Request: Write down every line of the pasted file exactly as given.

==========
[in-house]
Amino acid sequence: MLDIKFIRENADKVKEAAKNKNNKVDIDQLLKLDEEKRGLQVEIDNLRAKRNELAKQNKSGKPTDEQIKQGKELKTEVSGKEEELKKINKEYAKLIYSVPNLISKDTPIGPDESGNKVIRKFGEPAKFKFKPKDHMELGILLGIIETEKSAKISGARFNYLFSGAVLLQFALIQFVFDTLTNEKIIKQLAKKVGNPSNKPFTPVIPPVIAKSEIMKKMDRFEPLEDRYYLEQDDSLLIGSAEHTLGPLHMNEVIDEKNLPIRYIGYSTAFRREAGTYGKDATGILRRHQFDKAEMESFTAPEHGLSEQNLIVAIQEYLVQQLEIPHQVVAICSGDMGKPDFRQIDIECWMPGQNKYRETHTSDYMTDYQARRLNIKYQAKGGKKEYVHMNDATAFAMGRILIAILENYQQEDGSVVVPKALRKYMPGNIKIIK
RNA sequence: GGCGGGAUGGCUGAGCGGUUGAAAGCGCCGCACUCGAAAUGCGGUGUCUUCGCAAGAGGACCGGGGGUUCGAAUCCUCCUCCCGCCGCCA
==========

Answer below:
[in-house]
Amino acid sequence: MLDIKFIRENADKVKEAAKNKNNKVDIDQLLKLDEEKRGLQVEIDNLRAKRNELAKQNKSGKPTDEQIKQGKELKTEVSGKEEELKKINKEYAKLIYSVPNLISKDTPIGPDESGNKVIRKFGEPAKFKFKPKDHMELGILLGIIETEKSAKISGARFNYLFSGAVLLQFALIQFVFDTLTNEKIIKQLAKKVGNPSNKPFTPVIPPVIAKSEIMKKMDRFEPLEDRYYLEQDDSLLIGSAEHTLGPLHMNEVIDEKNLPIRYIGYSTAFRREAGTYGKDATGILRRHQFDKAEMESFTAPEHGLSEQNLIVAIQEYLVQQLEIPHQVVAICSGDMGKPDFRQIDIECWMPGQNKYRETHTSDYMTDYQARRLNIKYQAKGGKKEYVHMNDATAFAMGRILIAILENYQQEDGSVVVPKALRKYMPGNIKIIK
RNA sequence: GGCGGGAUGGCUGAGCGGUUGAAAGCGCCGCACUCGAAAUGCGGUGUCUUCGCAAGAGGACCGGGGGUUCGAAUCCUCCUCCCGCCGCCA